Yes and no... Orcs should still be a threat... No matter the level. Its stupid that at high levels you can have 100 Orcs surround you and not a single one land a hit on you, becasue of the way the scaling works. 

Come to 4ENCLAVE for a fan based 4th Edition Community.

 

Scaling in 4e is very annoying. It seems like low level monster become practically useless because of it. Does anyone have a way of fixing this scaling problem with out completely removing it? I'm using the character builder and would like to not fiddle with houserules.


    The best answer is learning to live with it.  So the low level monster becomes useless?  So?  The players are not eager to be fighting orcs at 10th level and making them useless is no loss.  In fact the player is apt to deem it a benefit that he laughs at things he used to run from.
     Scaling is highly useful for them game. 


Yes and no... Orcs should still be a threat... No matter the level. Its stupid that at high levels you can have 100 Orcs surround you and not a single one land a hit on you, becasue of the way the scaling works. 


     A] they would land about 5 hits a round [20=auto hit]
     B] Like the players object to being superman?  No, orcs should not be a threat at higher levels and you should replace them with tougher monsters.  The very fact we have levels and greater powers shows the game wants to retire the wimps.
...


Thank you. I'm okay with a super-rare "elite clan" of orcs, and am more than okay with a particularly powerful unique individual, but there really is no point to levels, tiers, or owning a huge catalogue of monsters if you're just going to be as challenged by the same derp-style greenies two years into the campaign as you were at the beginning. It's almost a dirty trick. As a player, you learn that a type of monster has a power level of Y, so when you get more powerful and encounter it again you expect power level Y - not Z - which may lead to characters getting their ass beat for no good reason.
4e D&D is not a "Tabletop MMO." It is not Massively Multiplayer, and is usually not played Online. Come up with better descriptions of your complaints, cuz this one means jack ****.

Yes and no... Orcs should still be a threat... No matter the level. Its stupid that at high levels you can have 100 Orcs surround you and not a single one land a hit on you, becasue of the way the scaling works. 


When you get to the right levels... 100 orcs should absolutely be a minimal threat - probably at the level of being a skill challenge with surges as penalties for failure.  And not a hard one at that.  At the right level.  If you;'re talking about a level 25 PC, you're talking about a person who can and should be going toe-to-toe with gods in a couple of levels, and will now be going toe-to-toe with their toughest underlings.  A few orcs won't do that person much harm.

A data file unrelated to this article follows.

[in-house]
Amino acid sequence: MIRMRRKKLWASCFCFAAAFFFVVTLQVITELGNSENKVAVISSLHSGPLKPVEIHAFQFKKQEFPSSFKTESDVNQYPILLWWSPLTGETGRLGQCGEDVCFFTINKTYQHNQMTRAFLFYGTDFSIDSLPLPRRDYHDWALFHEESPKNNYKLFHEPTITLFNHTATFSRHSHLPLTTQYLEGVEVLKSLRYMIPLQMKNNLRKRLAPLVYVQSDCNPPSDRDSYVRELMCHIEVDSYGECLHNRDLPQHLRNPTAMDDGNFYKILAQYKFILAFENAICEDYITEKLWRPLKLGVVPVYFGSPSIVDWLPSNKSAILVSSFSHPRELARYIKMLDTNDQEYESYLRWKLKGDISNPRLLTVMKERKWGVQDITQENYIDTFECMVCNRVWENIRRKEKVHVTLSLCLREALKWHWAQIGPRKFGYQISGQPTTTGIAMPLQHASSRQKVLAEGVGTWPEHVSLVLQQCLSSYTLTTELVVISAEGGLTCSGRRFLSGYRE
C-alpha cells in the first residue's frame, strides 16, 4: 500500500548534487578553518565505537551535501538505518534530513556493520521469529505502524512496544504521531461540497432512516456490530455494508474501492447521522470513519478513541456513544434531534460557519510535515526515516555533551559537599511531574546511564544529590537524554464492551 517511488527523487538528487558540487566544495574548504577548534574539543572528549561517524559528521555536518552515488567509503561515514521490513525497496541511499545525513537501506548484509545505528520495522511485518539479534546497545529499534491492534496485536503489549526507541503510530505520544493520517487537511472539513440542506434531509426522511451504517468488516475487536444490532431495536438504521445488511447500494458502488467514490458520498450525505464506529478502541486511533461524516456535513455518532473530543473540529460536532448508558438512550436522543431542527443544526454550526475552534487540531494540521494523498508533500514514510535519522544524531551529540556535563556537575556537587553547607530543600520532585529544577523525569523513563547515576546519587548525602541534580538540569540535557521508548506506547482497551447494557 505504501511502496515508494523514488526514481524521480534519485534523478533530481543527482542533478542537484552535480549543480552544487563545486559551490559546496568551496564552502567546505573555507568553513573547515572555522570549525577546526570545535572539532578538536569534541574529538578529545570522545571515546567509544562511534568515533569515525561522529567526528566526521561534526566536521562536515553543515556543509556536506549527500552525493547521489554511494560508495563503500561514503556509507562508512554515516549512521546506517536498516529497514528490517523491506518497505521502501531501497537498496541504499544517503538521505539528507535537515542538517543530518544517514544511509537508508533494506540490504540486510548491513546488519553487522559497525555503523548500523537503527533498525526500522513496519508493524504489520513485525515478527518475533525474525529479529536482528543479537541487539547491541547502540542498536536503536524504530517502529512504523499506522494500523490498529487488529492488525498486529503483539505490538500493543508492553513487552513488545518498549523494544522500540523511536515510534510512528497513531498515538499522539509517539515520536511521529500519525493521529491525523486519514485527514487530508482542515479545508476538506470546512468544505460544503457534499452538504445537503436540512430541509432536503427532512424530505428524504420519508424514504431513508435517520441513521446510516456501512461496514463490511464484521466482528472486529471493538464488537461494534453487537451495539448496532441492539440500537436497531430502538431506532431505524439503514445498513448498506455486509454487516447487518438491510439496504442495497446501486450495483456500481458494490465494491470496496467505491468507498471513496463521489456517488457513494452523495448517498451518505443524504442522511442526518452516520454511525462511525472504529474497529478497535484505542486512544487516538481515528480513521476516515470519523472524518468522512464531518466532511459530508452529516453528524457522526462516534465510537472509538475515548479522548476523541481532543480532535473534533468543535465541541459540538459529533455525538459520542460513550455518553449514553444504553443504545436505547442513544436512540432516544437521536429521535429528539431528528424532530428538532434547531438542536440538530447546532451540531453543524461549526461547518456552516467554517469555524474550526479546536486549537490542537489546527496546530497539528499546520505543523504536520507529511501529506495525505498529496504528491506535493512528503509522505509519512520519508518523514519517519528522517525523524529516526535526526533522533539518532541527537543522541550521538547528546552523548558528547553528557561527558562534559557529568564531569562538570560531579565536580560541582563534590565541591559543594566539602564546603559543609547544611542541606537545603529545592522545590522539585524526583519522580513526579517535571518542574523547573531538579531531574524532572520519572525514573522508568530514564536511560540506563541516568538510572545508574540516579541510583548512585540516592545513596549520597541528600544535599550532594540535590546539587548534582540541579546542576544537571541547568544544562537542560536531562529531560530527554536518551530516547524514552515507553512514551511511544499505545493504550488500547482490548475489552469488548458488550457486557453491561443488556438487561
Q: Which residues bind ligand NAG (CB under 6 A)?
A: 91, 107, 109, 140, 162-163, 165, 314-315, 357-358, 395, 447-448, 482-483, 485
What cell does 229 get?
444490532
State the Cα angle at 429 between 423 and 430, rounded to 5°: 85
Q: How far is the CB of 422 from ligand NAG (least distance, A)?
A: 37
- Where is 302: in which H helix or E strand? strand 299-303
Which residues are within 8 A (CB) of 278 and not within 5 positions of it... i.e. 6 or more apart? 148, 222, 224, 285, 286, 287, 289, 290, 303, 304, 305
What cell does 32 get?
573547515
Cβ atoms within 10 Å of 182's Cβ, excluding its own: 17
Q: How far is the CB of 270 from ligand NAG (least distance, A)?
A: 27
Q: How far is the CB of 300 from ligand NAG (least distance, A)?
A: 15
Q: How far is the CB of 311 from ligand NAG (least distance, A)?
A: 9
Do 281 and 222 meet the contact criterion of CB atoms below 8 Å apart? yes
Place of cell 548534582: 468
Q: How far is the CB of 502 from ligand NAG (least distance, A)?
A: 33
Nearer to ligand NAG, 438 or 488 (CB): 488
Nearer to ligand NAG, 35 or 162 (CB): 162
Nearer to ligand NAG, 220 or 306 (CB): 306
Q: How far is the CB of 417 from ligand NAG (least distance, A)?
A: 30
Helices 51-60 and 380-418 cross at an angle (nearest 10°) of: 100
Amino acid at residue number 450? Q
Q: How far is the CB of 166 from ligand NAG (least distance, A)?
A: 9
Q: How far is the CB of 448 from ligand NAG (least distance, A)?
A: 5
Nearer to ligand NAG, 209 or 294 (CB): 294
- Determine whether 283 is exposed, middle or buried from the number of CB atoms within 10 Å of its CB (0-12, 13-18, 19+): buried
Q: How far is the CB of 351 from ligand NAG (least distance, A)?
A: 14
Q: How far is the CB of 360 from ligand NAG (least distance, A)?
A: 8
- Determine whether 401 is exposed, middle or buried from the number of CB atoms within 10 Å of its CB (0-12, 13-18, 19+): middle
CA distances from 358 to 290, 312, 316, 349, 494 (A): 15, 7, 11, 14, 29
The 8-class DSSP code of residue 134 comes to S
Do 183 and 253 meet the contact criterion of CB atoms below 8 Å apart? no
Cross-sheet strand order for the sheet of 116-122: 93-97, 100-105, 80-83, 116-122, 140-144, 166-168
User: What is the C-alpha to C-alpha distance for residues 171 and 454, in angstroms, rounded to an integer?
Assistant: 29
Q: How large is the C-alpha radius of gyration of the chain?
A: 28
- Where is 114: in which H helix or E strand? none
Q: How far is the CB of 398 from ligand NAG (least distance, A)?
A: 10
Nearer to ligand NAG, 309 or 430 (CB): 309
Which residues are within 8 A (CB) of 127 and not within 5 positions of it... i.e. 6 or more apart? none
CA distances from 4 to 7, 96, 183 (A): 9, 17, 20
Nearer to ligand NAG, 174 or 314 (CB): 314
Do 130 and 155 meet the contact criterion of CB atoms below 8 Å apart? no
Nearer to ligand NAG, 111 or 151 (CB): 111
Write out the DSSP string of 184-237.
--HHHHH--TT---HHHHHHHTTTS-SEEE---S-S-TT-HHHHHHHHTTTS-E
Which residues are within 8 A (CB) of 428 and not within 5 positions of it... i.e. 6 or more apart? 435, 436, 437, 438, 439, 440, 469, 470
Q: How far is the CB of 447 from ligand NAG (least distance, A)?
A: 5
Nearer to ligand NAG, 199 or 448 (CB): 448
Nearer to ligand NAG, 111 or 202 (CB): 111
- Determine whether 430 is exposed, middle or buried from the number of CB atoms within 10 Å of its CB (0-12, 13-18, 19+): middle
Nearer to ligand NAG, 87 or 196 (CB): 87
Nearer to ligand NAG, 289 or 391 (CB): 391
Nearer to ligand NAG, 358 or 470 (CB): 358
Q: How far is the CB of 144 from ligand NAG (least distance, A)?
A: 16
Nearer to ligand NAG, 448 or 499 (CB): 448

I really like the elegance of the design scheme for 4e - you start with a monster that is a solo at level one.  At fifth, it's an elite.  10th, a standard.  15th, a minion.  20th, a skill challenge.  25th, ignorable entirely.  This is the intended progression of 4e, in terms of how flavourfully-powerful your character is.  At level one, you're probably the toughest guy in your village.  At level 10, you're the toughest guy in the country.  At level 20, the toughest guy in the entire plane.  At level 30, the toughest guy.  Full stop, no exceptions.

But conversely, it's really easy to change it up and make it work differently.  That 23rd level solo could just as easily be an orcish seige tower as a hydra.
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Think of Aragorn in the Battle of Field of Cormallen (in the film version) - the orcs are ignorable but the troll is a real adversary.
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Think of Aragorn in the Battle of Field of Cormallen (in the film version) - the orcs are ignorable but the troll is a real adversary.



This is actually a really great example of minions and brutes.


While 100 level 4 orcs might not threaten a level 14 party much, 100 level 14 orc minions sure will unless your party is packing alot of controllers.


   
Scaling in 4e is very annoying. It seems like low level monster become practically useless because of it. Does anyone have a way of fixing this scaling problem with out completely removing it? I'm using the character builder and would like to not fiddle with houserules.


    The best answer is learning to live with it.  So the low level monster becomes useless?  So?  The players are not eager to be fighting orcs at 10th level and making them useless is no loss.  In fact the player is apt to deem it a benefit that he laughs at things he used to run from.